NASA’s OSIRIS-REx probe is about to make history, but the agency isn’t taking any chances. In the coming months, OSIRIS-REx will descend to the surface of the asteroid Bennu to pick up a sample, but NASA wants to get a closer look at the area before sending the spacecraft swooping down. OSIRIS-REx has just completed its lowest pass over the site yet, just 820 feet (250 meters) from the surface.
The scientists behind OSIRIS-REx were met with the same problem as JAXA researchers running Japan’s Hayabusa2 mission: asteroids are much less smooth than we expected. The surfaces of both space rocks are strewn with boulders and outcroppings that could cause damage to a space probe attempting to reach the surface. Hayabusa2 eventually found a place where it could tap the surface and scoop up a few grains of dust. However, OSIRIS-REx has to make contact for a longer time to collect as much as 2.1 ounces (60 grams) of material.
Late last year, NASA identified several potential landing zones for OSIRIS-REx. After considering the options, a location called Nightingale won out. This gravel-covered pit near the asteroid’s north pole doesn’t have any major obstacles — the nearest hazard is a 23-foot-high (7-meter) boulder about 52 feet (16 meters) away from the center of the pit. The recent 5-hour flyover helped NASA verify the safety of this area. The probe left its 1-kilometer orbit and zipped across the surface to image Nightingale with its PolyCam camera. OSIRIS-REx also collected data on Nightingale with the OSIRIS-REx Thermal Emissions Spectrometer (OTES), the OSIRIS-REx Visual and InfraRed Spectrometer (OVIRS), the OSIRIS-REx Laser Altimeter (OLA), and the MapCam color imager.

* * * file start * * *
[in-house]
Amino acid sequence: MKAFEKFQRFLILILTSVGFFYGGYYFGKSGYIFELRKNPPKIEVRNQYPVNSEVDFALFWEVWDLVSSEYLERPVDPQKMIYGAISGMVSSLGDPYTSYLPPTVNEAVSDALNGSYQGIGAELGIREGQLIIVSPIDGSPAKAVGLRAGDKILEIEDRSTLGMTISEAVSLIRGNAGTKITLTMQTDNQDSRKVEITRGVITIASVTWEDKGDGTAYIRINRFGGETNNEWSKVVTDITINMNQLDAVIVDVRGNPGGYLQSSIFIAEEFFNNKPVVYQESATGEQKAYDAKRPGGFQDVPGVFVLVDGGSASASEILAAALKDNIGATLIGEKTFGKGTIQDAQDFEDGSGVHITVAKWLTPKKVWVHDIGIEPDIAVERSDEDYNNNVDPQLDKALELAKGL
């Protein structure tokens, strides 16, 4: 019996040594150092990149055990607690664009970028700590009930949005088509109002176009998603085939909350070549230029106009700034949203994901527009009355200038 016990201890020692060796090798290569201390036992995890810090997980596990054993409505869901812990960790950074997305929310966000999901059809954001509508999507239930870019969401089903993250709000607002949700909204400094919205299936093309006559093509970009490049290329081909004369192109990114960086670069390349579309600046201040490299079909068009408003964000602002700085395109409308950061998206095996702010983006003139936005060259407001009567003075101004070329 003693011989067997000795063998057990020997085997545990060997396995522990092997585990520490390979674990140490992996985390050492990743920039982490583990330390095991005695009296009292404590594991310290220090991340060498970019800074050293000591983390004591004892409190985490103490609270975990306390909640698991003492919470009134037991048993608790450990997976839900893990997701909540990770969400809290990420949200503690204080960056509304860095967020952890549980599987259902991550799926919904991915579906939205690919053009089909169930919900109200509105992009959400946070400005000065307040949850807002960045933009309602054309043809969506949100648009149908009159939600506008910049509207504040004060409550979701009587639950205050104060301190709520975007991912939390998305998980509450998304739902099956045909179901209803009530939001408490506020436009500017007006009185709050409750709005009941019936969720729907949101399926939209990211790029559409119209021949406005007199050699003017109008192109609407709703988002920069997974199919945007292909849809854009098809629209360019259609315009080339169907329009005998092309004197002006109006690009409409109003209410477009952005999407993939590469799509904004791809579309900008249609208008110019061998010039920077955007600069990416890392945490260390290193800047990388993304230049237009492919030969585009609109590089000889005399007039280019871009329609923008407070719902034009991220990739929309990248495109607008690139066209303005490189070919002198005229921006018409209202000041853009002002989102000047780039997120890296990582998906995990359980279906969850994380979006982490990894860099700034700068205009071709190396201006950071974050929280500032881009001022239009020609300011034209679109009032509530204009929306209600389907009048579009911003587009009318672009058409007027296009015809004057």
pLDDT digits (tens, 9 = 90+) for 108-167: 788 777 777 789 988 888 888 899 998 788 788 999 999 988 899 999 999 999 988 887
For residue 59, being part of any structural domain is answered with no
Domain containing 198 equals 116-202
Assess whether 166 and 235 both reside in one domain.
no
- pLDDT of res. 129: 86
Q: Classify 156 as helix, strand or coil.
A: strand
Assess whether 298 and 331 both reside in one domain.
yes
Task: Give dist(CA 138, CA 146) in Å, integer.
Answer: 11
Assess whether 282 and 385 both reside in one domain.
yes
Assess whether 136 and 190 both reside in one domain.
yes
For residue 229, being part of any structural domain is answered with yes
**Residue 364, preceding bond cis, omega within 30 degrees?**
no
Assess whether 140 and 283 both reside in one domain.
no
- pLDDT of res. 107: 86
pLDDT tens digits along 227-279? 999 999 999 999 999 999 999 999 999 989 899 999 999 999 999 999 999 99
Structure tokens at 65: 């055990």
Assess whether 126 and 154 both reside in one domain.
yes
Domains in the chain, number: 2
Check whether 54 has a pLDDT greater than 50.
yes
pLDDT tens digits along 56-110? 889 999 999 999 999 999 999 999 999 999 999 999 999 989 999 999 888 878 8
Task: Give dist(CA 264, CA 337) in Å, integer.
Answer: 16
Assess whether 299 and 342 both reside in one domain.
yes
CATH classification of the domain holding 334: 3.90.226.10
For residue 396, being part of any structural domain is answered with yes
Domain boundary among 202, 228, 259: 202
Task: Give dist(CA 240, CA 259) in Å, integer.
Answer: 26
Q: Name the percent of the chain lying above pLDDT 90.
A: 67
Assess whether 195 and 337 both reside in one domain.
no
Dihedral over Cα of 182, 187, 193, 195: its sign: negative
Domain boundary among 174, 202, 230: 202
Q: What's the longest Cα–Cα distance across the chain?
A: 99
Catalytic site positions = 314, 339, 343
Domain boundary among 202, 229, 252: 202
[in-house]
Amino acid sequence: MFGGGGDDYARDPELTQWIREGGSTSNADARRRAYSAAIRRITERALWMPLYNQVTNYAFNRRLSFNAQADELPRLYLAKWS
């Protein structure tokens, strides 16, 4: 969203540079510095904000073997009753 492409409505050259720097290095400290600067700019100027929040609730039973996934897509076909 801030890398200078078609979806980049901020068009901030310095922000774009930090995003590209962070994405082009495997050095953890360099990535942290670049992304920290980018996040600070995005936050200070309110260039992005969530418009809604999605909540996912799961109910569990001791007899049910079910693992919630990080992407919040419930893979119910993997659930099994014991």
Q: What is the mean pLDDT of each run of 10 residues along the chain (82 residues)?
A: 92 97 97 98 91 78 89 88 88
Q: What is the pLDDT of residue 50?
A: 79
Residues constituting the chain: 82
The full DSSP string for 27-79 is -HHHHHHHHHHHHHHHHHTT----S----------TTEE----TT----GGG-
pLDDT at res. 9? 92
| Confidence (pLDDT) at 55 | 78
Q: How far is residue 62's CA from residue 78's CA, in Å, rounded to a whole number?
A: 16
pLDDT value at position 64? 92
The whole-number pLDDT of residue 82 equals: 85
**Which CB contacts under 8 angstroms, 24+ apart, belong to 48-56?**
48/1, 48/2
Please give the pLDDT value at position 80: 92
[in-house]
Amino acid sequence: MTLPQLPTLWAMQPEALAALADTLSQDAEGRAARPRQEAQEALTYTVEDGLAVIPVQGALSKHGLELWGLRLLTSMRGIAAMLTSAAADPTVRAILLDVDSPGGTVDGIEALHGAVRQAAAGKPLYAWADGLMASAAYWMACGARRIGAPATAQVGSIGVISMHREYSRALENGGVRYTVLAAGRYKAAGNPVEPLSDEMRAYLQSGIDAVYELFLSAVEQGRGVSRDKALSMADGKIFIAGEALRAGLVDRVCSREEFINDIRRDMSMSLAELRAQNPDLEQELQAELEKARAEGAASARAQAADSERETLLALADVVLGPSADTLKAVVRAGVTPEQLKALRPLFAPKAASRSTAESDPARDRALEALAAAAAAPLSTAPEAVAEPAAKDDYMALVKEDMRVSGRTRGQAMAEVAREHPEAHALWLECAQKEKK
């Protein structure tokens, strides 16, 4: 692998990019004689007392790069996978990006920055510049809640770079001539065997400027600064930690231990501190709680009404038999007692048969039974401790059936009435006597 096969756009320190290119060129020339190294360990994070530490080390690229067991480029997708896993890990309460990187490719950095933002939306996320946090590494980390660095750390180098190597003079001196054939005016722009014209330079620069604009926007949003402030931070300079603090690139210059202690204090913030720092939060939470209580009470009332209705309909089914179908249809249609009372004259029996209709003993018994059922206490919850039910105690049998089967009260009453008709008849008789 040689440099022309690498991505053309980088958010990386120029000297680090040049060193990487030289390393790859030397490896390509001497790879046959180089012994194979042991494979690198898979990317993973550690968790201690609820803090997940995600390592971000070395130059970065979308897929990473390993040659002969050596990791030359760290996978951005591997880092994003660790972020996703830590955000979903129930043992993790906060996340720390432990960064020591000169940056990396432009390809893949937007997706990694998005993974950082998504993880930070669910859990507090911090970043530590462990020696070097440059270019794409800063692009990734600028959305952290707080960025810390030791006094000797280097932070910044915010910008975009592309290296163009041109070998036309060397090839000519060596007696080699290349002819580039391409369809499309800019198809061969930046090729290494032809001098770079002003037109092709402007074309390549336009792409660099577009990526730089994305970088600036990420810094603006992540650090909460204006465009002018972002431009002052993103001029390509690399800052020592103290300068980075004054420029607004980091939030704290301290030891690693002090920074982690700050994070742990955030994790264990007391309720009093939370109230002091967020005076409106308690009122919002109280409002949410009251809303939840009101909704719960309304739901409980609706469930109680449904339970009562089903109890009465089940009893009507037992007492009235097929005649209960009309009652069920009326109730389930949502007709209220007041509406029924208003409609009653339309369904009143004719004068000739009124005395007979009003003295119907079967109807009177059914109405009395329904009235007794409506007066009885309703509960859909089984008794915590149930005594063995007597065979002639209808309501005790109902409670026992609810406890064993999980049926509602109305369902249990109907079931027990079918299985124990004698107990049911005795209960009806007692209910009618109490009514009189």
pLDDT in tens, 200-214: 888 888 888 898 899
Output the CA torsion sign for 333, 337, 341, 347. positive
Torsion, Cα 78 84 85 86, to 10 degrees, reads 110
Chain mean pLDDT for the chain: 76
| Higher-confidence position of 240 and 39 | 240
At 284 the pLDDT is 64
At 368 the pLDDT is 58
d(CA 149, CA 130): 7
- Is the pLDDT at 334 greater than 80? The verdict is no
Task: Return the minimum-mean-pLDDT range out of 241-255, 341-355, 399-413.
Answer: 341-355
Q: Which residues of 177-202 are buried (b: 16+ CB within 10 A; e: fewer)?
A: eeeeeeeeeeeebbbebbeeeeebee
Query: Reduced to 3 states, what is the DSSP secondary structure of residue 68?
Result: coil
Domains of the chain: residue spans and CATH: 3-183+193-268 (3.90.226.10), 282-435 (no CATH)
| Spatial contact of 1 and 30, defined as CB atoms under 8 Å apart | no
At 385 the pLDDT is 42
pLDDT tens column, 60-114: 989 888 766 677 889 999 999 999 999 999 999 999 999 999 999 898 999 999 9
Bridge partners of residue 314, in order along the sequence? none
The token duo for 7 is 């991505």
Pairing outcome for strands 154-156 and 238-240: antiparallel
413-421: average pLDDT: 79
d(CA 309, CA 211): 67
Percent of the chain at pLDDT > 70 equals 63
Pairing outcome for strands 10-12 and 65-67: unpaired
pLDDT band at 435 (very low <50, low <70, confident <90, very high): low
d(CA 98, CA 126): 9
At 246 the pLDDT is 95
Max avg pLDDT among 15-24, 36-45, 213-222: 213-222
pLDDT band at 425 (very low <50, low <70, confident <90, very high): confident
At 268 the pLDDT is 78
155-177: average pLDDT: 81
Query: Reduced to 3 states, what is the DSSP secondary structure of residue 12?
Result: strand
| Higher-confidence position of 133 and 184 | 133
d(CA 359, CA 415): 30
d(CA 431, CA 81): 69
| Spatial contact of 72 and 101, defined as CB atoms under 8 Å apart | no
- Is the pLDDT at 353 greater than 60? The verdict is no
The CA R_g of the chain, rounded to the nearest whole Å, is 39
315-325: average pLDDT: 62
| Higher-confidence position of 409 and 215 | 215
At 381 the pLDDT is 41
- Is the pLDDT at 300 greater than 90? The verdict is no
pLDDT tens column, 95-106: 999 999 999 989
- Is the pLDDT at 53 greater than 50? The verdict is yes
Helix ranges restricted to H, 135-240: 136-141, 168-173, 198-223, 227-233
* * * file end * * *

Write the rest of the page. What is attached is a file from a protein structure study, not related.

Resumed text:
OSIRIS-REx headed back into its standard orbit after the flyby, but it’s now orbiting in the opposite direction. That puts the spacecraft in position to execute its first landing rehearsal next month. It’s vital the probe gets this right — Bennu is far enough from Earth that NASA cannot control OSIRIS-REx in real-time. That means the landing and sample acquisition need to be fully automated. A second rehearsal will happen in June, taking OSIRIS-REx even closer to the surface. If everything goes as planned, OSIRIS-REx will pick up its asteroid sample in August 2020.
NASA hopes to have the sample from OSIRIS-REx back on Earth in September 2023. A few ounces of Bennu could revolutionize our understanding of the solar system, but OSIRIS-REx has to get this landing right.
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